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Date: Mon Aug 26 2002 - 18:30:15 CDT
On Sun, Aug 25, 2002 at 11:55:33PM -0000, Stefan Hoelzner wrote on lametraq:
> SAP R/3 ships with four default user accounts that are protected with commonly known passwords.
> Although SAP AG recommends changing the default passwords (see )
where's the problem? if you don't follow the rules, you might get hurt.
a known fact since the stone age.
> You may say that exploiting default passwords is 14m3. Well, it is, indeed.
who cares. still better than seeking fame on bugtraq with useless information.
> But having analysed the security of SAP systems for quite some years now I always thought how appalling
> it is that so many companies are exposing their internal R/3's to unauthorized access through their own
> employees by leaving all that default accounts untouched.
this is commonly known as 'darwinism'. let nature have its way.
> horrific how many systems a malicious hacker could have compromised.
OH MY GAWD! YOU MUST NOTIFY ALL FORTUNE 500 CEOS IMMEDIATELY ABOUT THIS TO
SAVE THE GLOBAL ECONOMY. DOES GWB KNOW ABOUT THIS YET?
it is time to release ZS_HASSO, THE ABAP/4 CODE MORPHING VIRUS,
before everyone runs to change their passwords. it's been around
for a few years, and i bet others have writting similar things, too.
it does real funny things to your system and financial statements,
hiding deeply in the messiest code base this planet has ever seen.
by the way, one has to wonder whether those Walldorf drones have heard
about privilege separation yet. for those who don't know R/3:
all the application code in is stored in db tables, including all the business
logic that comes from from sap ag, and gets recompiled at run-time
(and thus almost transparently) when changed the proper way.
objects in the database are protected only programmatically, that is
by acl checks and the like in application code, and all code gets executed
at the equivalent of root access privileges. this makes it pretty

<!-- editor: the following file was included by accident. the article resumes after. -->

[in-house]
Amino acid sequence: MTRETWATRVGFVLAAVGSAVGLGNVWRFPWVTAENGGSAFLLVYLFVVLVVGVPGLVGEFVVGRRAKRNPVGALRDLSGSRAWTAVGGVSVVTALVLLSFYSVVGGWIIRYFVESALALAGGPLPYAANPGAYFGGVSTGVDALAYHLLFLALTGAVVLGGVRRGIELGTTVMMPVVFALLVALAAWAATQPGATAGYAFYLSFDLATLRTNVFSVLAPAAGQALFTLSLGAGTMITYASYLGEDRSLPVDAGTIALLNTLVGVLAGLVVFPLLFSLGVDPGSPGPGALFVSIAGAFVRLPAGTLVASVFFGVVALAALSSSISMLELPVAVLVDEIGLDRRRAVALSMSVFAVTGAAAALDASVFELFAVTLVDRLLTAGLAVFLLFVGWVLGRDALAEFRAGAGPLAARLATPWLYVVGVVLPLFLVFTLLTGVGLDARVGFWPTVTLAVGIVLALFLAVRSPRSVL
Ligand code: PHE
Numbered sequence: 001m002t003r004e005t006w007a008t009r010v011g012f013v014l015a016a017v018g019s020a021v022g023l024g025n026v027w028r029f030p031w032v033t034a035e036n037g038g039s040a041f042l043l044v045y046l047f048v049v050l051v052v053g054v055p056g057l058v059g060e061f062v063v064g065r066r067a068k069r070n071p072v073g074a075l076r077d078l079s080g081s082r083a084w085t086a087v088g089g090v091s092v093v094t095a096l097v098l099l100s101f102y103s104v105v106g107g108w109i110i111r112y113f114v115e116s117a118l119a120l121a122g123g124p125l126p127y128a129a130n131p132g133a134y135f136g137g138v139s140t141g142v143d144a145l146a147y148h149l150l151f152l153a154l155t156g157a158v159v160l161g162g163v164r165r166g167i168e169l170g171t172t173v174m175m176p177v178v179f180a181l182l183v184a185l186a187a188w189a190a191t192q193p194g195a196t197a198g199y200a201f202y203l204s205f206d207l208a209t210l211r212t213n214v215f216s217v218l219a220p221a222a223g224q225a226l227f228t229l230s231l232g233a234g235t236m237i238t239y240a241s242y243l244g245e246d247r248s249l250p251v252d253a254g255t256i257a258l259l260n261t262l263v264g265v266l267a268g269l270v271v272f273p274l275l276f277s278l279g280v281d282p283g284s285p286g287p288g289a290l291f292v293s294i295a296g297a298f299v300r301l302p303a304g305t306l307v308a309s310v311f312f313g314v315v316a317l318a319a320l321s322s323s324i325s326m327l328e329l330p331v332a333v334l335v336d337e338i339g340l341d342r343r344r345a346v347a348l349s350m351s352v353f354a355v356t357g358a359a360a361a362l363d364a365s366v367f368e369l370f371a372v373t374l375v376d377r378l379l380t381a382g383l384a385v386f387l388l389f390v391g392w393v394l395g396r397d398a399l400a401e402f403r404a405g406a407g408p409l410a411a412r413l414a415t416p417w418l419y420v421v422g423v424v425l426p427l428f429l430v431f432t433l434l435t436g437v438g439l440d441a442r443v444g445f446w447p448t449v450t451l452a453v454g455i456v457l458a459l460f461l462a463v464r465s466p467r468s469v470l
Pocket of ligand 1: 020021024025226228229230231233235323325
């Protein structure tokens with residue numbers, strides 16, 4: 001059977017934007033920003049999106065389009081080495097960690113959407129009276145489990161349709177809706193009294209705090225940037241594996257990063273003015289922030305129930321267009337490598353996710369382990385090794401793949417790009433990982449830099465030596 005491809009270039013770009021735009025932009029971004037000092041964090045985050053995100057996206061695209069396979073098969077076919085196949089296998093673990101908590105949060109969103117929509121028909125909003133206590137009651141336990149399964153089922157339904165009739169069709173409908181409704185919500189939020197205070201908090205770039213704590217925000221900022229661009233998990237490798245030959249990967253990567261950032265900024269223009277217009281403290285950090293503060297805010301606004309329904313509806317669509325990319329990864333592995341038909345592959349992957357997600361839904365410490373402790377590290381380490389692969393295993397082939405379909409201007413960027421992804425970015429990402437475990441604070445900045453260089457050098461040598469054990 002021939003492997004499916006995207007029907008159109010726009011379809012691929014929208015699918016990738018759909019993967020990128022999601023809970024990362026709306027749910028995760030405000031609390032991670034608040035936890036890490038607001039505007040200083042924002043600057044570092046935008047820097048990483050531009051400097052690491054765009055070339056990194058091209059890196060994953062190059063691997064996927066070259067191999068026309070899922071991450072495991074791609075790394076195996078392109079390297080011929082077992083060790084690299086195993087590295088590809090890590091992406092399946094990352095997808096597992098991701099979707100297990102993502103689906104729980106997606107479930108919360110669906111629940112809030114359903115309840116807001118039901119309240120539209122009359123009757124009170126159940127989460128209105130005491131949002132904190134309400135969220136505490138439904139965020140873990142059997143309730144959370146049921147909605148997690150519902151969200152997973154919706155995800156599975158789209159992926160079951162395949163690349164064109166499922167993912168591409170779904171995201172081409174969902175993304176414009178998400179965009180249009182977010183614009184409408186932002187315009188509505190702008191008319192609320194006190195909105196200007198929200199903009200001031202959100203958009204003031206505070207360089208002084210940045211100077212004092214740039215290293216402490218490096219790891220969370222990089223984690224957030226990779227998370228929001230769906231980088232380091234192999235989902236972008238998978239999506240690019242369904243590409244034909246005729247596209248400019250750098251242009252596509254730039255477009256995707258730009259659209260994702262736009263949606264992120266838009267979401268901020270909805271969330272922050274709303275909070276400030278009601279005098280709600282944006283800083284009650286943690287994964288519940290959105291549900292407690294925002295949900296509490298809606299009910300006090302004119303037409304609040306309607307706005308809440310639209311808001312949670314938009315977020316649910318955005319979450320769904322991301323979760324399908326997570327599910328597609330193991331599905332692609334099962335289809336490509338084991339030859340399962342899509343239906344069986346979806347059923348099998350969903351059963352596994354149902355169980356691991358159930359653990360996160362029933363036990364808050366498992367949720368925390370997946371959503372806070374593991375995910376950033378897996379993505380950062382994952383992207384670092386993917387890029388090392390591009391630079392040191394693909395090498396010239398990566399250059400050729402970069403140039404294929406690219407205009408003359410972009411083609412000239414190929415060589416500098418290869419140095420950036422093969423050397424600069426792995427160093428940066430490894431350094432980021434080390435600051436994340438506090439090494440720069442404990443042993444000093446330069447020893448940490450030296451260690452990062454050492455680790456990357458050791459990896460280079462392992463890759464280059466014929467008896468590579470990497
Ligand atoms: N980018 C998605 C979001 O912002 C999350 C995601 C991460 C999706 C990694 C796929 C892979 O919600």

easy for a developer to fuck up the system beyond repair or build some easter
eggs into it. the patching mechanism doesn't look too good either. there are
a few exceptions to the above, but the system as a whole is designed in 60's
mainframe style, don't let the spiffy new sapgui trick you (looks fantastic
in sales collateral though, doesn't it?).
haqrz, this could be a fantastic new playground for you!! sap used to hand
out 90-day trial cds at conferences. grab as many as you can and mail
them to your friendz! it is time for many of you to move beyond web servers
and mail systems into the core of the enterprise.
anyone interested and willing to sign a legal disclaimer that no
commercial security work will be done based on it, won't be disclosed to sap ag
or a partner and so on (i have no intention of helping either sap ag or the
security industry) contact me at loki_softhome.net, and i might give you
access to ZS_HASSO.
i'd also be happy to give it to larry, so he can teach hasso a lesson.
--the real loki
p.s. drater, i seriously hope you are not behind those worldcom
moral defense for this posting: their security architecture is so
badly flawed that it cannot be fixed within the next few years
anyway. also, i dislike german people and sap "consultants"
shoutz: R.I.P. gayh1tler, you will be greatly missed! PHC > *
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